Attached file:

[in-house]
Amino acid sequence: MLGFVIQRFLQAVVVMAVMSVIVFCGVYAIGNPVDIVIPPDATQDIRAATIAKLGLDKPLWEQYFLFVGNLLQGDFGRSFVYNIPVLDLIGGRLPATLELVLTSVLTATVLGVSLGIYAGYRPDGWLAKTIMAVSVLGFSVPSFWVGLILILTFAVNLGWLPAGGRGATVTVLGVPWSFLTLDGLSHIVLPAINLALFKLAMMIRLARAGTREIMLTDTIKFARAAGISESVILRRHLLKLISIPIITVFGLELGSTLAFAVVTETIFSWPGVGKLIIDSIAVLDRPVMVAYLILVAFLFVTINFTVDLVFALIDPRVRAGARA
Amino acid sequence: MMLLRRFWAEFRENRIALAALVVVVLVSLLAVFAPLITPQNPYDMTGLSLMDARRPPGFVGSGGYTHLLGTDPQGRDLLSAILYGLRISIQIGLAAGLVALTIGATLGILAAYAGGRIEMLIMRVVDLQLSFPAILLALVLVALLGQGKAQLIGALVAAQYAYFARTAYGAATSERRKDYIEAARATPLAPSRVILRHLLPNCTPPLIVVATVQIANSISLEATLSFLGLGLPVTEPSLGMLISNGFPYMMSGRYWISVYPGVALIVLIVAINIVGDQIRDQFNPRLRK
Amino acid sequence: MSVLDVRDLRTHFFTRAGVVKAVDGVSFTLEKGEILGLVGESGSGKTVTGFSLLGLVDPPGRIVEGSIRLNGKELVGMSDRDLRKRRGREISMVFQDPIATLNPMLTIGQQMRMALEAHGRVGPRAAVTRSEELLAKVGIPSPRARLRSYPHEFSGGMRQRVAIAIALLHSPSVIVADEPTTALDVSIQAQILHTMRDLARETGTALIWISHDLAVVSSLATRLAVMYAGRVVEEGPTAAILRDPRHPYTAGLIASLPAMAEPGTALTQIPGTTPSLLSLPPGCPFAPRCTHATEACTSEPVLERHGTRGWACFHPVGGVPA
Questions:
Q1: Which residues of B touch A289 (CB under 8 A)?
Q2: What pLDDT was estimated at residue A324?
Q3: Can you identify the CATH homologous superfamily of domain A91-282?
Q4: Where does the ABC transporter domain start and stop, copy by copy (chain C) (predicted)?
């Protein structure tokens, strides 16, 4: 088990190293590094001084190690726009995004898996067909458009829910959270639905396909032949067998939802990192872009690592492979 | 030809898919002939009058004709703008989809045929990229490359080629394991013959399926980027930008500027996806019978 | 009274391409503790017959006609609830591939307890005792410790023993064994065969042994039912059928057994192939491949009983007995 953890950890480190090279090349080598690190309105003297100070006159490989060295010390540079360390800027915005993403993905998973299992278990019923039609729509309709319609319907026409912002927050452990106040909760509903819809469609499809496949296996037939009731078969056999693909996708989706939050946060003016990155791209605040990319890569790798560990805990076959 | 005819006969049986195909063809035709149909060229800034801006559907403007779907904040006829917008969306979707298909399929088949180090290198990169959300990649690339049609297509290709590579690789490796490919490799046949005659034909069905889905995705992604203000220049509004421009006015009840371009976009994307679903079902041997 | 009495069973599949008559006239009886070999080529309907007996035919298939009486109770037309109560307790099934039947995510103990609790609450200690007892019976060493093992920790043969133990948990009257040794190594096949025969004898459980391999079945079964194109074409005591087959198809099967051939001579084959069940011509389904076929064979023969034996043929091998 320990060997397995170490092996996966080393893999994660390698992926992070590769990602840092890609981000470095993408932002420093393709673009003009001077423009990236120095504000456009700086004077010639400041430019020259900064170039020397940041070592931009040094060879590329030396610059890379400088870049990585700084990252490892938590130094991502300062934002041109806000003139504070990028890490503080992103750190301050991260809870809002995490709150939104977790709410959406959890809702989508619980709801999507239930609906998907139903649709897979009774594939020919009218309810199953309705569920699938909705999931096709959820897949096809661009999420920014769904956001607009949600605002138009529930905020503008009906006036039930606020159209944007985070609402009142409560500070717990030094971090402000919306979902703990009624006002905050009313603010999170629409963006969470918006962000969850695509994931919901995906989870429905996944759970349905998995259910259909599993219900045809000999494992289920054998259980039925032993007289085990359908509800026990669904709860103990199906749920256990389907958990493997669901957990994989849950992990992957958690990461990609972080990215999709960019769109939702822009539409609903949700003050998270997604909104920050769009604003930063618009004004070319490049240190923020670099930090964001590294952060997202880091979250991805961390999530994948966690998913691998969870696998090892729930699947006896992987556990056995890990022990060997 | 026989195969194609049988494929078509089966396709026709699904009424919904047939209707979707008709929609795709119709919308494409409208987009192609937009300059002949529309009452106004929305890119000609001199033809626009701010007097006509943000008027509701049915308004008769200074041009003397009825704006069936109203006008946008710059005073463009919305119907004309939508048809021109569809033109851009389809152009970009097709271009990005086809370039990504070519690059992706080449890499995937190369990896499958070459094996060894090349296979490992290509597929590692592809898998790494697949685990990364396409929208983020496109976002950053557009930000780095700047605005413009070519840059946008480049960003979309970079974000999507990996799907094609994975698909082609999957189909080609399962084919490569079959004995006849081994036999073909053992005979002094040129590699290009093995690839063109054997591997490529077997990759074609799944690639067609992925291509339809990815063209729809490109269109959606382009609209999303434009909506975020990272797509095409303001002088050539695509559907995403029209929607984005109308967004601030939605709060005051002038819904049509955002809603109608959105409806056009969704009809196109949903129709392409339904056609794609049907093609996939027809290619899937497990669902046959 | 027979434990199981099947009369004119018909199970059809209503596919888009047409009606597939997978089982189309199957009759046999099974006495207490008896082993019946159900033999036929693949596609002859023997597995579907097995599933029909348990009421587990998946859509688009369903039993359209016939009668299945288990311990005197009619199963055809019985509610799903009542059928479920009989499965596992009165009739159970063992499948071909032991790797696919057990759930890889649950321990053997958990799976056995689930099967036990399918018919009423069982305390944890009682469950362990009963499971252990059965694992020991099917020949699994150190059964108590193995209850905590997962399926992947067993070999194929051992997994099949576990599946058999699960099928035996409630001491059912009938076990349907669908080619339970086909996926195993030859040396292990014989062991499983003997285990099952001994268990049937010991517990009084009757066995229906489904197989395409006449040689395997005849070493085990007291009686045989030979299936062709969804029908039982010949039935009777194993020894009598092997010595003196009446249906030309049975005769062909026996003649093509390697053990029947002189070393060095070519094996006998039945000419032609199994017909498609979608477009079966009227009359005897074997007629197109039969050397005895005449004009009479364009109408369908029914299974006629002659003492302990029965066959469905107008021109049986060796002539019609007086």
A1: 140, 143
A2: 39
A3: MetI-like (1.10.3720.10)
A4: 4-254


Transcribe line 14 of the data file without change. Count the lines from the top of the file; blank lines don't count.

A4: 4-254